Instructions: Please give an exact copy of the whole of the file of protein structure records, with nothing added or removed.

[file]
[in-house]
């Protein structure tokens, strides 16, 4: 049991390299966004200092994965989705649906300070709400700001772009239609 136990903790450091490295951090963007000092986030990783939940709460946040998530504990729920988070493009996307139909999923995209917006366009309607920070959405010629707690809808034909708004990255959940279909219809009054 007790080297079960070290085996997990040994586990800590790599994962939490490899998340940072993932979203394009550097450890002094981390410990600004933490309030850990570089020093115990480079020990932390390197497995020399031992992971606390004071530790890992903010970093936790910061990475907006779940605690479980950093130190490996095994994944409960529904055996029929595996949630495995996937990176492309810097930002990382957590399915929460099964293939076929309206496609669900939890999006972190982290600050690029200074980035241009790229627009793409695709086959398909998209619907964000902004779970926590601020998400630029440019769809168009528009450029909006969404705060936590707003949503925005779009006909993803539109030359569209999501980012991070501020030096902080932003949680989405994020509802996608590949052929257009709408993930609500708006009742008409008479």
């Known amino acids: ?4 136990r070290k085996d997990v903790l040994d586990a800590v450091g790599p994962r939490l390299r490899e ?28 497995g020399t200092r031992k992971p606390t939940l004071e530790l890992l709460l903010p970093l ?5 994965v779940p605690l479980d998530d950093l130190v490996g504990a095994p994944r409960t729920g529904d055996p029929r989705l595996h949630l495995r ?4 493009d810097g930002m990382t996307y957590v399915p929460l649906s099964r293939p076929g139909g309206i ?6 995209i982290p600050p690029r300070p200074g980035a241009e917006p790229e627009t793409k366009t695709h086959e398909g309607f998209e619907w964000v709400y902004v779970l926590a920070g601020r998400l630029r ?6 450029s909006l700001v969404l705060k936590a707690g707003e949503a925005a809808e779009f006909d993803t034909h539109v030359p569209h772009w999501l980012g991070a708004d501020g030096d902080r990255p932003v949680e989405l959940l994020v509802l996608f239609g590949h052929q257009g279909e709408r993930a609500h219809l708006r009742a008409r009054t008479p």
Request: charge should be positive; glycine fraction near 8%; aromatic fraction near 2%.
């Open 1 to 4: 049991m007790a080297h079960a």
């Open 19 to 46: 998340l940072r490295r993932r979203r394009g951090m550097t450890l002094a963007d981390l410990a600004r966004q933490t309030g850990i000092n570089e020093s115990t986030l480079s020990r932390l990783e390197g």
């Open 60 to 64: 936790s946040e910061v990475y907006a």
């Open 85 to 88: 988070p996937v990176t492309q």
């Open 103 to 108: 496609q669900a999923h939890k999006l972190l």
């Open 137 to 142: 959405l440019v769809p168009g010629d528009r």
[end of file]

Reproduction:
[in-house]
């Protein structure tokens, strides 16, 4: 049991390299966004200092994965989705649906300070709400700001772009239609 136990903790450091490295951090963007000092986030990783939940709460946040998530504990729920988070493009996307139909999923995209917006366009309607920070959405010629707690809808034909708004990255959940279909219809009054 007790080297079960070290085996997990040994586990800590790599994962939490490899998340940072993932979203394009550097450890002094981390410990600004933490309030850990570089020093115990480079020990932390390197497995020399031992992971606390004071530790890992903010970093936790910061990475907006779940605690479980950093130190490996095994994944409960529904055996029929595996949630495995996937990176492309810097930002990382957590399915929460099964293939076929309206496609669900939890999006972190982290600050690029200074980035241009790229627009793409695709086959398909998209619907964000902004779970926590601020998400630029440019769809168009528009450029909006969404705060936590707003949503925005779009006909993803539109030359569209999501980012991070501020030096902080932003949680989405994020509802996608590949052929257009709408993930609500708006009742008409008479």
């Known amino acids: ?4 136990r070290k085996d997990v903790l040994d586990a800590v450091g790599p994962r939490l390299r490899e ?28 497995g020399t200092r031992k992971p606390t939940l004071e530790l890992l709460l903010p970093l ?5 994965v779940p605690l479980d998530d950093l130190v490996g504990a095994p994944r409960t729920g529904d055996p029929r989705l595996h949630l495995r ?4 493009d810097g930002m990382t996307y957590v399915p929460l649906s099964r293939p076929g139909g309206i ?6 995209i982290p600050p690029r300070p200074g980035a241009e917006p790229e627009t793409k366009t695709h086959e398909g309607f998209e619907w964000v709400y902004v779970l926590a920070g601020r998400l630029r ?6 450029s909006l700001v969404l705060k936590a707690g707003e949503a925005a809808e779009f006909d993803t034909h539109v030359p569209h772009w999501l980012g991070a708004d501020g030096d902080r990255p932003v949680e989405l959940l994020v509802l996608f239609g590949h052929q257009g279909e709408r993930a609500h219809l708006r009742a008409r009054t008479p």
Request: charge should be positive; glycine fraction near 8%; aromatic fraction near 2%.
């Open 1 to 4: 049991m007790a080297h079960a």
């Open 19 to 46: 998340l940072r490295r993932r979203r394009g951090m550097t450890l002094a963007d981390l410990a600004r966004q933490t309030g850990i000092n570089e020093s115990t986030l480079s020990r932390l990783e390197g």
């Open 60 to 64: 936790s946040e910061v990475y907006a």
């Open 85 to 88: 988070p996937v990176t492309q």
């Open 103 to 108: 496609q669900a999923h939890k999006l972190l």
């Open 137 to 142: 959405l440019v769809p168009g010629d528009r």